I work privately and with a dentist in Wimpole Street, and I've learned a lot from him about the connection of breathing with the growing shape of the face, the effect on where the jaw sits and the importance of where the tongue is. I've also done a breathing course and I’ve learned about the mind/body connection in causing stress and ill health. Because most of the people coming to see me are suffering various levels of stress, and sometimes trauma, when you release tension on the inside of the mouth it's very deep work.
I had a vision of what I wanted to do as a career, but I didn't know how to get there until I was coached by you. Although I enjoyed being a make-up artist I wanted to connect to something deeper. I chose the dentist route because it was health related and good health is the foundation for beauty.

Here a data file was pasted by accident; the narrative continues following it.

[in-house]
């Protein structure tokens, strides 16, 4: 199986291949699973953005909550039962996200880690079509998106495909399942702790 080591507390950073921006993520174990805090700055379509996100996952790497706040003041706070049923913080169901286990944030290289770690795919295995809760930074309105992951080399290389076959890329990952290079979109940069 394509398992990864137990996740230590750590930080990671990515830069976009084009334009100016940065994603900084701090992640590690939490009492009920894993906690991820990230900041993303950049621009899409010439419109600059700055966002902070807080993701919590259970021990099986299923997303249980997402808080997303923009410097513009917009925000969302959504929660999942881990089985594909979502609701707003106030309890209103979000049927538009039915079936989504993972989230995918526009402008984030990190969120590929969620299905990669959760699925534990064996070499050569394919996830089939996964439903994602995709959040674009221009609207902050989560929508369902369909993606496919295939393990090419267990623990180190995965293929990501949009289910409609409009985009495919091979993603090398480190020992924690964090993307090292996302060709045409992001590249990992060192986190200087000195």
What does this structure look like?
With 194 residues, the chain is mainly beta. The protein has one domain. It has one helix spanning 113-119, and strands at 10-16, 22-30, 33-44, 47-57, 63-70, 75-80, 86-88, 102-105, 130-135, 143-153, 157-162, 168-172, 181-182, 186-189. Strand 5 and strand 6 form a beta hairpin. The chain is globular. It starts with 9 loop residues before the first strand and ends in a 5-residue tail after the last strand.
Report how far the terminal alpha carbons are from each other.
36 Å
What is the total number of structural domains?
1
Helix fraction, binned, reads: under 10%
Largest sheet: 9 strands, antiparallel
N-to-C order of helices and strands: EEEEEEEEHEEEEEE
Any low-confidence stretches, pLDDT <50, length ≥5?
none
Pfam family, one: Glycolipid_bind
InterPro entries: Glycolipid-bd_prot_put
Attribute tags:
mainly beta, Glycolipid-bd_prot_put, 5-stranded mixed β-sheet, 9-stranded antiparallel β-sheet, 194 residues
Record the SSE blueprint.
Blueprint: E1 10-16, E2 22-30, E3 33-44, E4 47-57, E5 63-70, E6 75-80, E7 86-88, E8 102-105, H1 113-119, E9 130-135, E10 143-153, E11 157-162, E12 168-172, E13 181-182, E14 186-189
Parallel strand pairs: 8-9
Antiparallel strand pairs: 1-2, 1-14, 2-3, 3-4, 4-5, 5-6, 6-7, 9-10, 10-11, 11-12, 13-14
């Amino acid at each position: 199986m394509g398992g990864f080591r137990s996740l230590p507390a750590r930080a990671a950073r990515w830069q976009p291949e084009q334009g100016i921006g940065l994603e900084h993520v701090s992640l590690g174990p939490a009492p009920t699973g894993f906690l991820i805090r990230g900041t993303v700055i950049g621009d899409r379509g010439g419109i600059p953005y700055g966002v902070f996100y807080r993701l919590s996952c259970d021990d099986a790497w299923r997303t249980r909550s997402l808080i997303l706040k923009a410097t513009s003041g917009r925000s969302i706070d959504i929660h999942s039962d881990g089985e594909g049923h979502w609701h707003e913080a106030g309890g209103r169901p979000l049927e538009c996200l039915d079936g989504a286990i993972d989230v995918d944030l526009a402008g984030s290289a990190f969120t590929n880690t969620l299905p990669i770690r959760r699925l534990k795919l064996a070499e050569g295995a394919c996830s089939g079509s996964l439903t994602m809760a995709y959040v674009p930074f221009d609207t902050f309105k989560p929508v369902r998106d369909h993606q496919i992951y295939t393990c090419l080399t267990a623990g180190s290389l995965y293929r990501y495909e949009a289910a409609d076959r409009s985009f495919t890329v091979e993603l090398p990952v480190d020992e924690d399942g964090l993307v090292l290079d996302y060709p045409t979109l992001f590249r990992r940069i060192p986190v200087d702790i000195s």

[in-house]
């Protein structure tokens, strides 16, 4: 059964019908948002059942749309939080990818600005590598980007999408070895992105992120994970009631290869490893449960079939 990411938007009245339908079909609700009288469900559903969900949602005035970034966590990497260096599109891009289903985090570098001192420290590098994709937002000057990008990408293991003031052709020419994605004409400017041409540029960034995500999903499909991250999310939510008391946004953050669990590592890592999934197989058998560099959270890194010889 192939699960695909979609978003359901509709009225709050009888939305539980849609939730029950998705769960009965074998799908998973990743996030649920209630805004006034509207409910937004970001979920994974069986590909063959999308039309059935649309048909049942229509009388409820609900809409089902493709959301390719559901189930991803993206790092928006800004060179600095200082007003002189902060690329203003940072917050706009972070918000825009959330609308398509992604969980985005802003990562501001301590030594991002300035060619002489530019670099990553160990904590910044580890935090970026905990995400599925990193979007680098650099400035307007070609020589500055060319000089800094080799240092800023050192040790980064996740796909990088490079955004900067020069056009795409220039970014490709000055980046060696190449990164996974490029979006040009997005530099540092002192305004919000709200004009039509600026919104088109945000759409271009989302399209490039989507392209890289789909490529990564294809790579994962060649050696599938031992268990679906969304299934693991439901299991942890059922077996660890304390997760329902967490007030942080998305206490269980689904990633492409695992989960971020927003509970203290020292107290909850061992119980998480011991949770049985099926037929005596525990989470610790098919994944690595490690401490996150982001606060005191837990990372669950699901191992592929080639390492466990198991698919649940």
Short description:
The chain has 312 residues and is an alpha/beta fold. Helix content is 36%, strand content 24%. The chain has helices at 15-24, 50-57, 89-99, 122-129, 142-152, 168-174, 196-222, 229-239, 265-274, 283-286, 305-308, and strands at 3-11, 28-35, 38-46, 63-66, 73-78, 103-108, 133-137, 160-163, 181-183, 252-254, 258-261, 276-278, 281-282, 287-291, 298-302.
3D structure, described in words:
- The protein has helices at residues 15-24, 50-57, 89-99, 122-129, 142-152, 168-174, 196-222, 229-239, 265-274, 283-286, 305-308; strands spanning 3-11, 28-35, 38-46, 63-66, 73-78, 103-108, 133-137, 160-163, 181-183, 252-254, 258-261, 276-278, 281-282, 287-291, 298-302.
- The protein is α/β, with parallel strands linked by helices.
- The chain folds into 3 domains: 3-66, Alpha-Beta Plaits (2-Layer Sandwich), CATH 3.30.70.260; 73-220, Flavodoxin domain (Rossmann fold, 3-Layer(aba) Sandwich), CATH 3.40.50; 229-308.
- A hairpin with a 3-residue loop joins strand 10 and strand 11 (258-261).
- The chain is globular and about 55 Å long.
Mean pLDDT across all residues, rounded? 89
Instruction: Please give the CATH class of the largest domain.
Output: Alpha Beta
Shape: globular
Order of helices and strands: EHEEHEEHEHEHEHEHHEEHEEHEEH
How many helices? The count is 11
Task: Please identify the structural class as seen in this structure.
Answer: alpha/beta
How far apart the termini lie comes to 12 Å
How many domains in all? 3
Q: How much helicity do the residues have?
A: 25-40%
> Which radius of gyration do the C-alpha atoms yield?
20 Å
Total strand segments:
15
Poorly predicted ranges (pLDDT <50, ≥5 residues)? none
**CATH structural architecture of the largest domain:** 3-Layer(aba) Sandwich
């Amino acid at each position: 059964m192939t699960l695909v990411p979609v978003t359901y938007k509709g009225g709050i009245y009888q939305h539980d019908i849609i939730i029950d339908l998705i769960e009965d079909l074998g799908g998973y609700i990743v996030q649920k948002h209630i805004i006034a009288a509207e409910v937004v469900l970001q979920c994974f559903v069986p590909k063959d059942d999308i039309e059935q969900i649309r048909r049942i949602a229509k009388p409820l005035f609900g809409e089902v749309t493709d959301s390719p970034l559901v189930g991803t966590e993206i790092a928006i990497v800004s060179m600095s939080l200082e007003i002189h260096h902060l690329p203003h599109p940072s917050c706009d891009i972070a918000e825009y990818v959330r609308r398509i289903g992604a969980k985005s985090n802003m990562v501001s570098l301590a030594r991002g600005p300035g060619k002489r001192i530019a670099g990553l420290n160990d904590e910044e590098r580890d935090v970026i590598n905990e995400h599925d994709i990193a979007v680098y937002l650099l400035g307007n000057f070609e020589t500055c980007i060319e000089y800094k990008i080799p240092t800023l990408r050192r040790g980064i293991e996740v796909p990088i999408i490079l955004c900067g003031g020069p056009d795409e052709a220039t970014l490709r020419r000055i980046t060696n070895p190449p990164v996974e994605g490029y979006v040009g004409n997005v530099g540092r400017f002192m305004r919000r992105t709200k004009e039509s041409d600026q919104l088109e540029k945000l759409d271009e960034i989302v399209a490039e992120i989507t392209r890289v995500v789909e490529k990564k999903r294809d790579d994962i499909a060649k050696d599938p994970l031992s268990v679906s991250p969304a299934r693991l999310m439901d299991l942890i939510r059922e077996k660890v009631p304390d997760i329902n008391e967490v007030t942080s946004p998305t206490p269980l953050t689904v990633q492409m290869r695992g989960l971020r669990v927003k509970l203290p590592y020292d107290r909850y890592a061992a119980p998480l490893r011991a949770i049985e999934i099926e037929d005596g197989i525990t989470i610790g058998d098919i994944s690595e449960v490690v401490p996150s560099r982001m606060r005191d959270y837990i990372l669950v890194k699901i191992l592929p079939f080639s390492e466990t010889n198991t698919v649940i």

What was the one most significant thing you did that got you into your current position?
Lynn: The thing that shifted me the quickest was having an article in ‘The Sunday Telegraph’. It brought me over 200 clients. It was scary. My dad was terminally ill at the time so I had to be really organised, so that I could visit him in Yorkshire and plan and keep my appointments. Suddenly, I felt really professional. And having all those people trusting me with the inside of their mouths was a privilege.
Even before I get my hands on my clients, I see them walking in and I get them. The more clients I see, the more I'm learning, and becoming more effective, confident, more of a leader. And they’re getting great results.
What was your greatest challenge?